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Title: Physical conditions in the warped accretion disk of a massive star: 349 GHz ALMA observations of G023.01−00.41
Young massive stars warm up the large amount of gas and dust that condenses in their vicinity, exciting a forest of lines from different molecular species. Their line brightness is a diagnostic tool of the gas’s physical conditions locally, which we use to set constraints on the environment where massive stars form. We made use of the Atacama Large Millimeter/submillimeter Array at frequencies near 349 GHz, with an angular resolution of 0′′.1, to observe the methyl cyanide (CH 3 CN) emission which arises from the accretion disk of a young massive star. We sample the disk midplane with twelve distinct beams, where we get an independent measure of the gas’s (and dust’s) physical conditions. The accretion disk extends above the midplane, showing a double-armed spiral morphology projected onto the plane of the sky, which we sample with ten additional beams: Along these apparent spiral features, gas undergoes velocity gradients of about 1 km s −1 per 2000 au. The gas temperature ( T ) rises symmetrically along each side of the disk, from about 98 K at 3000 au to 289 K at 250 au, following a power law with radius R −0.43 . The CH 3 CN column density more » ( N ) increases from 9.2 × 10 15 cm −2 to 8.7 × 10 17 cm −2 at the same radii, following a power law with radius R −1.8 . In the framework of a circular gaseous disk observed approximately edge-on, we infer an H 2 volume density in excess of 4.8 ×10 9 cm −3 at a distance of 250 au from the star. We study the disk stability against fragmentation following the methodology by Kratter et al. (2010, ApJ, 708, 1585), which is appropriate under rapid accretion, and we show that the disk is marginally prone to fragmentation along its whole extent. « less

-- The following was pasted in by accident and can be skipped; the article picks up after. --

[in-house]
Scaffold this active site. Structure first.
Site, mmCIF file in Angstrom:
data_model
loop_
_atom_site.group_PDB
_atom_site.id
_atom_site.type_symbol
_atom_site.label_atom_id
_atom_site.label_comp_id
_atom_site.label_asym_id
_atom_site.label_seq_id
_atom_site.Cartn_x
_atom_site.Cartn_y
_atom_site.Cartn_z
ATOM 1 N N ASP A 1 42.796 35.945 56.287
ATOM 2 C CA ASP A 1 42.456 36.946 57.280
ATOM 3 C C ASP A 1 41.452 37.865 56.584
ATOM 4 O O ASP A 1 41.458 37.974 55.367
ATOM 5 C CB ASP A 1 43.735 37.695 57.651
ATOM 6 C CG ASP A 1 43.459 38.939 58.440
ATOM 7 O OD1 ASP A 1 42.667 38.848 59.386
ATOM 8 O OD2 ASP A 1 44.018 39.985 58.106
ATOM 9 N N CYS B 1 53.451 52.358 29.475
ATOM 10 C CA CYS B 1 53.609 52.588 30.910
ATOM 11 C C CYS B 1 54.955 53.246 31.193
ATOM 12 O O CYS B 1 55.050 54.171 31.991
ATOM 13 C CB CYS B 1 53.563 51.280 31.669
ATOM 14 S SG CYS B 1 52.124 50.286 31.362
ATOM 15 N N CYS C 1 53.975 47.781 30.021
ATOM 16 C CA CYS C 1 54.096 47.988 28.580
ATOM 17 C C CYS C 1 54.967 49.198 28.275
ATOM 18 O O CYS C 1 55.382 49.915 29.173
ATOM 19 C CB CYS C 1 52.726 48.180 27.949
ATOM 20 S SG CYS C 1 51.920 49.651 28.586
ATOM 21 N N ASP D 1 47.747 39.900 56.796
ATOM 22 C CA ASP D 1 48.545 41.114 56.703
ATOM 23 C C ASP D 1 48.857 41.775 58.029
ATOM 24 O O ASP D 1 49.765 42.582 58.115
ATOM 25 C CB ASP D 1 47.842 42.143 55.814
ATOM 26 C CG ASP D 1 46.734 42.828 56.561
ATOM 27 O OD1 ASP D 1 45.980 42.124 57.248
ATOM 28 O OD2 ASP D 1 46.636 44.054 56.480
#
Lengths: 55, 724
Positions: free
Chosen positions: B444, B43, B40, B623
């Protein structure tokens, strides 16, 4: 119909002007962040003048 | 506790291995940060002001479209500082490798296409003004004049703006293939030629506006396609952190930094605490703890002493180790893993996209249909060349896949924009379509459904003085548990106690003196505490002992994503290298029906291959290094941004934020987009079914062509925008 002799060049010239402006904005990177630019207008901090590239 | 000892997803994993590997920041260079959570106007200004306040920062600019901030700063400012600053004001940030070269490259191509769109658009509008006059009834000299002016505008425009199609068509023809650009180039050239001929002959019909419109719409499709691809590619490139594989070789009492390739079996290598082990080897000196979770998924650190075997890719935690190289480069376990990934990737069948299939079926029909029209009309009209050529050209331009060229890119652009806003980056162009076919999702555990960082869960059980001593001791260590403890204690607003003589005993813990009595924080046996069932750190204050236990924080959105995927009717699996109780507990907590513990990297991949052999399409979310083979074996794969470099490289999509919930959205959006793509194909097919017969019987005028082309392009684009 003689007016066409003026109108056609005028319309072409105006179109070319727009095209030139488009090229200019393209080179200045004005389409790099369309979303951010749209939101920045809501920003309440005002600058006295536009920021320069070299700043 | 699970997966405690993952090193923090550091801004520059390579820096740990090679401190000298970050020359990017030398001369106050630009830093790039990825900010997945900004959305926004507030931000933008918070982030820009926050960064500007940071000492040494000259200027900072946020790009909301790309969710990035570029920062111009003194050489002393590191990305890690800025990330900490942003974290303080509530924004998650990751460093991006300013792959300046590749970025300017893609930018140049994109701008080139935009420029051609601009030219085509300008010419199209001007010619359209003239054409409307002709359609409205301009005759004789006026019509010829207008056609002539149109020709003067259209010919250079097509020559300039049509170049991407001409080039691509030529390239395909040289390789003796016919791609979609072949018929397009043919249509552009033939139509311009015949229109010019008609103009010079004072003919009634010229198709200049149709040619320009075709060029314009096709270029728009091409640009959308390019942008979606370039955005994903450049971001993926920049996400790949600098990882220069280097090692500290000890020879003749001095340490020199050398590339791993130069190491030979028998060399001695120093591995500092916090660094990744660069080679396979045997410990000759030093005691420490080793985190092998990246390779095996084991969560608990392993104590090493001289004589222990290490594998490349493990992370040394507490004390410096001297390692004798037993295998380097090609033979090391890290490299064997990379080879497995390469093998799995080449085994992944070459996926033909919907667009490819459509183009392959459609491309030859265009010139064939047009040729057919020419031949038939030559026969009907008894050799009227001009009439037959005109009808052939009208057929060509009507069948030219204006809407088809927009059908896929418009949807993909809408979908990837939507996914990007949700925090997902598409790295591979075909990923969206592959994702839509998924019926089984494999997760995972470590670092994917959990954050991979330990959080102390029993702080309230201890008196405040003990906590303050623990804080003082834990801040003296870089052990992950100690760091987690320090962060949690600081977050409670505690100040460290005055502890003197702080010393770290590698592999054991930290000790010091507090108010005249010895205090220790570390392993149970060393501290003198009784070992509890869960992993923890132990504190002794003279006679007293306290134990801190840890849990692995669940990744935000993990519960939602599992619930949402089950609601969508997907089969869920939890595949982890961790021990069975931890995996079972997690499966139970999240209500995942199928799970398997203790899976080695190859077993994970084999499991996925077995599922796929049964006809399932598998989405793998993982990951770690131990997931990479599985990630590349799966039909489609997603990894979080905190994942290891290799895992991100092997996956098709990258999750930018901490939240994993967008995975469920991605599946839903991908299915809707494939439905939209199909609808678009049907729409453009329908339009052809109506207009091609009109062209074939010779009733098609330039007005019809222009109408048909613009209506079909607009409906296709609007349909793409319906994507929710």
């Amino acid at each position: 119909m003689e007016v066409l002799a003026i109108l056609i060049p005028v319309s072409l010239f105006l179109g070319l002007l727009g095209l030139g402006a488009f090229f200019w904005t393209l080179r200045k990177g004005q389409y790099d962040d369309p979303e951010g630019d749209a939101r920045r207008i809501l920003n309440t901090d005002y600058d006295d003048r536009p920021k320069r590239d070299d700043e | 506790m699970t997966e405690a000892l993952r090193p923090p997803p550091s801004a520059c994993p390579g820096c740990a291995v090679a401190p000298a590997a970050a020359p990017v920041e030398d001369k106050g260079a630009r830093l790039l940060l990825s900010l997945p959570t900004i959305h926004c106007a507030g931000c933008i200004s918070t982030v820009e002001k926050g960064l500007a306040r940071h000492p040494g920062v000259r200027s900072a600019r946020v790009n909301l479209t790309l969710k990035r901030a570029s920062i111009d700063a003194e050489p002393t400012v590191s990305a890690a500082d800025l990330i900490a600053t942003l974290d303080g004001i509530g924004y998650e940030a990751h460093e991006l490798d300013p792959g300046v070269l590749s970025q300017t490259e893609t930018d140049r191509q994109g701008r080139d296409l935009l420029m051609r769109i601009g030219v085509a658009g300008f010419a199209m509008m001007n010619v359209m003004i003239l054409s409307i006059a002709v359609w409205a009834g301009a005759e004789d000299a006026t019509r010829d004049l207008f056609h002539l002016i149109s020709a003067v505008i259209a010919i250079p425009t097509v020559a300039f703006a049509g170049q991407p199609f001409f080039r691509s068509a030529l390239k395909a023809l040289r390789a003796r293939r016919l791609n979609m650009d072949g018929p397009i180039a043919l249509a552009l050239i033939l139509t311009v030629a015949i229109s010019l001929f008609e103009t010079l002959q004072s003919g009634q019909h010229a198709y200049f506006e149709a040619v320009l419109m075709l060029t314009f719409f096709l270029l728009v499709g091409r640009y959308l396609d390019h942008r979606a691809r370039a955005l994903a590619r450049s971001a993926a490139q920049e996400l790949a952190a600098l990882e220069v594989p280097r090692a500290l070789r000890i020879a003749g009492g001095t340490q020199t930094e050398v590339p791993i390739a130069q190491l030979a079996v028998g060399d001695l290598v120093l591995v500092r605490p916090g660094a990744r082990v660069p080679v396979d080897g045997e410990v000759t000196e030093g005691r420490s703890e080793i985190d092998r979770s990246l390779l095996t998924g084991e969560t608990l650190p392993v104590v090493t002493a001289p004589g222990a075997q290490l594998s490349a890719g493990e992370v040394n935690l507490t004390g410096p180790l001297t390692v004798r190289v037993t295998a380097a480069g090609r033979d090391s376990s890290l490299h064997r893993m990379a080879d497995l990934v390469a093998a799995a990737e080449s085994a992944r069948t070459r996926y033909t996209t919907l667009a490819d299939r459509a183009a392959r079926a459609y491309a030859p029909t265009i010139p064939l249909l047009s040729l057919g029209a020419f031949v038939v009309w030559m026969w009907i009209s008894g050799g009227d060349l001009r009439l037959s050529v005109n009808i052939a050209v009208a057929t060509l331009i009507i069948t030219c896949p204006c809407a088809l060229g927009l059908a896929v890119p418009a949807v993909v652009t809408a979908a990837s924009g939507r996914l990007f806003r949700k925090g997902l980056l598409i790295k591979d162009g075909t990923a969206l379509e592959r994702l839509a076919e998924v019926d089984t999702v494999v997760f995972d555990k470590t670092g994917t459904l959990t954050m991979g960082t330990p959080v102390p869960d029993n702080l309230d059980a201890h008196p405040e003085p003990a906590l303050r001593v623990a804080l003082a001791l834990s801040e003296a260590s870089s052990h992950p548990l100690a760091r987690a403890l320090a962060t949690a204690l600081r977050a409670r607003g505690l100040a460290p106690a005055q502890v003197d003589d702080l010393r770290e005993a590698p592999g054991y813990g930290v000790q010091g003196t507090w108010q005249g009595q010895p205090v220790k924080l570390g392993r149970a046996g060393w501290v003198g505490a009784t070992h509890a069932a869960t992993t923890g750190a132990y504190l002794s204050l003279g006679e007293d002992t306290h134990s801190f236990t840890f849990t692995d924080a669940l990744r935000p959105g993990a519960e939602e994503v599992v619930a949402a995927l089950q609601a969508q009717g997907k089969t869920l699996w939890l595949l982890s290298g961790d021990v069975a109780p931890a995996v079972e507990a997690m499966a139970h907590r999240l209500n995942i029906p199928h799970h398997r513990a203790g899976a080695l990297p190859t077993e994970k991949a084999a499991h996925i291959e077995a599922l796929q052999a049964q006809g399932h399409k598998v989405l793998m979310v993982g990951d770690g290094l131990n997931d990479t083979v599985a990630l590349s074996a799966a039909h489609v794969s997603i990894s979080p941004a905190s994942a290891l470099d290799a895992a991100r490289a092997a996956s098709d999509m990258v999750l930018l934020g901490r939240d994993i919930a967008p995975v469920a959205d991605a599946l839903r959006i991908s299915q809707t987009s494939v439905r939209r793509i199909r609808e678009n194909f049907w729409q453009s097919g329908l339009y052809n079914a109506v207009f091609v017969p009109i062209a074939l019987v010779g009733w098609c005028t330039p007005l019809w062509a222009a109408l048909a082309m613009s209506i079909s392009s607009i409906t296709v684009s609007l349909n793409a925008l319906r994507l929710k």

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Astronomy & Astrophysics
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National Science Foundation
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